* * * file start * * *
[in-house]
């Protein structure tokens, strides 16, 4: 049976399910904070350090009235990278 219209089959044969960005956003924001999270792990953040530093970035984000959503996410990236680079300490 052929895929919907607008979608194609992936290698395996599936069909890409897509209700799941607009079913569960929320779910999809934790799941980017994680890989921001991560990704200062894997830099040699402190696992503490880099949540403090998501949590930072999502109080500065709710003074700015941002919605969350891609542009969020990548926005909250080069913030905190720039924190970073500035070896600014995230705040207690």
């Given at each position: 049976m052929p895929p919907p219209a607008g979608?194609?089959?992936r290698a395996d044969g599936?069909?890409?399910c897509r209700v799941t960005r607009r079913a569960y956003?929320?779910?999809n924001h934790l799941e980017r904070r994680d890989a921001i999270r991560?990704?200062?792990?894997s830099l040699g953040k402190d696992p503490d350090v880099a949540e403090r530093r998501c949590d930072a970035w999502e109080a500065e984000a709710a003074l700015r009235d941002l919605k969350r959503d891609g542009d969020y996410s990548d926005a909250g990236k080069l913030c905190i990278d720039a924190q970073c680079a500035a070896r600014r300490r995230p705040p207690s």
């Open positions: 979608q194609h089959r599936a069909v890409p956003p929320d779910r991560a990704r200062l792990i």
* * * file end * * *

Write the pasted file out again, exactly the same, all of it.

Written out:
[in-house]
């Protein structure tokens, strides 16, 4: 049976399910904070350090009235990278 219209089959044969960005956003924001999270792990953040530093970035984000959503996410990236680079300490 052929895929919907607008979608194609992936290698395996599936069909890409897509209700799941607009079913569960929320779910999809934790799941980017994680890989921001991560990704200062894997830099040699402190696992503490880099949540403090998501949590930072999502109080500065709710003074700015941002919605969350891609542009969020990548926005909250080069913030905190720039924190970073500035070896600014995230705040207690």
């Given at each position: 049976m052929p895929p919907p219209a607008g979608?194609?089959?992936r290698a395996d044969g599936?069909?890409?399910c897509r209700v799941t960005r607009r079913a569960y956003?929320?779910?999809n924001h934790l799941e980017r904070r994680d890989a921001i999270r991560?990704?200062?792990?894997s830099l040699g953040k402190d696992p503490d350090v880099a949540e403090r530093r998501c949590d930072a970035w999502e109080a500065e984000a709710a003074l700015r009235d941002l919605k969350r959503d891609g542009d969020y996410s990548d926005a909250g990236k080069l913030c905190i990278d720039a924190q970073c680079a500035a070896r600014r300490r995230p705040p207690s």
């Open positions: 979608q194609h089959r599936a069909v890409p956003p929320d779910r991560a990704r200062l792990i």